Finding something truly unique in rock music is, without question, quite a challenge.
The line between derivative and being ‘different’ for different’s sake can be tricky to ride, yet a select few bands will often arise in possession of that ‘something’ that pricks ears to attention.
I caught Chapter and Verse (C&V) at Rock City in 2018 and they carried that ‘something’ with fierce confidence – a ‘flare’ that would blow headlining heavyweights Hawthorne Heights out of the water that same evening.
With new touring prospects emerging, the alt-rock quintet return to the mantle on a mission to keep this new breed of rock alive and well; ‘After Midnight’ is the result.
— Chapter and Verse (@ChapterandVer5e) July 5, 2021
Ever since that night at Rock City, I’ve kept a close eye on the band and, despite not rocketing to stardom status as I was (perhaps naively) anticipating, C&V has kept well away from the brake pedal.
Through an array of singles, EPs and 2019’s debut album ‘Glow’, their alt-rock/pop blend has only garnered stronger footing, with their fans, dubbed ‘The New Breed’, only growing hungrier.
Fortunately, in this new era where live music’s return is no less plausible than the band’s future success, the quintet hasn’t lost sight of what gives them that ‘flare’.
Simply put, After Midnight is a very good song and will be a worthy addition to any of the band’s upcoming setlists.
Is it their best? No – but the margins are small.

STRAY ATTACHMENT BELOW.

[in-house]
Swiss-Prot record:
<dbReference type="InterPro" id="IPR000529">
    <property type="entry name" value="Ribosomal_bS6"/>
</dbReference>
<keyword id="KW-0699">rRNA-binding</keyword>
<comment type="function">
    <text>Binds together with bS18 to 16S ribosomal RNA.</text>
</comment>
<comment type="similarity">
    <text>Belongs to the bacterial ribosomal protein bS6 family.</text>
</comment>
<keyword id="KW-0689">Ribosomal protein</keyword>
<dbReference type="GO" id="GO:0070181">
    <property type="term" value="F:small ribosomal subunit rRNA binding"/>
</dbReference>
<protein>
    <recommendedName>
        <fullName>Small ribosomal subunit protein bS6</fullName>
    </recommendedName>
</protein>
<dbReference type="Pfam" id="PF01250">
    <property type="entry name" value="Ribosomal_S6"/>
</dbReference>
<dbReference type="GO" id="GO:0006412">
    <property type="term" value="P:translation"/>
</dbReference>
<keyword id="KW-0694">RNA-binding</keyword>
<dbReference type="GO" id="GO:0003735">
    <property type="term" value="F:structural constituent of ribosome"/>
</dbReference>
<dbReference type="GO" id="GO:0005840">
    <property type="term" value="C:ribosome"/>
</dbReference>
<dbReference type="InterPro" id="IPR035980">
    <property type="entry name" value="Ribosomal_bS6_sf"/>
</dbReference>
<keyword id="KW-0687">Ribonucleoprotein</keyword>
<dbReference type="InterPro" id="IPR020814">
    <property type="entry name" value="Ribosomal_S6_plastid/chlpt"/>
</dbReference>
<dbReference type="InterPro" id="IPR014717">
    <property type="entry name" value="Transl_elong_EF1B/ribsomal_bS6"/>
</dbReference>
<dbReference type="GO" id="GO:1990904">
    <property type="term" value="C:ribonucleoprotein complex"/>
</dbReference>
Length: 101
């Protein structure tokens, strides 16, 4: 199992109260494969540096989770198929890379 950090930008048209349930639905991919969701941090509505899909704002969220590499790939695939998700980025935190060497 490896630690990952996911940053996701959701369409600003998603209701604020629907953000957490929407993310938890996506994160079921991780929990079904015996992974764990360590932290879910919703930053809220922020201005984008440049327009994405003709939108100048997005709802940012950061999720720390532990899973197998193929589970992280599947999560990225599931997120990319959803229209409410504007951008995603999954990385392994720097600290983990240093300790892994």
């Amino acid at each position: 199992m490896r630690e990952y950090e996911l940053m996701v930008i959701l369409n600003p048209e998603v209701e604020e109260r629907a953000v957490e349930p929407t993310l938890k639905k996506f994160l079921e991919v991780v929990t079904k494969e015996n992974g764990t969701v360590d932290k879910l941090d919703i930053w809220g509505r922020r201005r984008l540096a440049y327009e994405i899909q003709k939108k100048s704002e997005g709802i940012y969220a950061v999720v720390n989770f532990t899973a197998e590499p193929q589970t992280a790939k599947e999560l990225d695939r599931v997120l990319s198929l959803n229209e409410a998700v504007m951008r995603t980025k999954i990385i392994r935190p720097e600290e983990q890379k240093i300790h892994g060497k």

C&V’s main hook is not the individuality of their music – alt-rock and pop have met countless times before – but it’s how the music resonates with its listeners.
After Midnight delivers on this front to a point.
Josh Carter’s vocals – the band’s strongest and most prominent facet – help kick things off to eleven by unleashing the pulsing chugs and groove-heavy slaps behind him; arranging an eclectic backdrop to the band’s aural battery.
A strong start translates to a stronger climb as the pre-chorus flirts with the ebbs and flows of sinking piano keys and ominous riffing whilst Carter continuous to tingle spines with his impassioned deliveries.
The payoff, however, is a non-starter.
The chorus, while memorable enough to hog some mental real estate, just doesn’t ‘explode’ the way its build-up would have you anticipate.
It’s no cause to revoke your New Breed membership – the breakdown in the last third acts as a well-needed revival – but it does prevent After Midnight from joining tracks like ‘Magazines’ as their best material.
The excitement, however, shall live on.
Chapter and Verse’s flame still burns brightly and After Midnight’s highs are more than enough to counter its minor lows.
This is the sound of a band with a surging wealth of energy, a king-sized melting pot of ideas and very little patience to unleash it.
‘After Midnight’ is available to stream, download and purchase from platforms such as Apple Music, Spotify and YouTube Music from Tuesday 6th July.
By Alex Mace
Feature Image Credit: Chapter and Verse Facebook page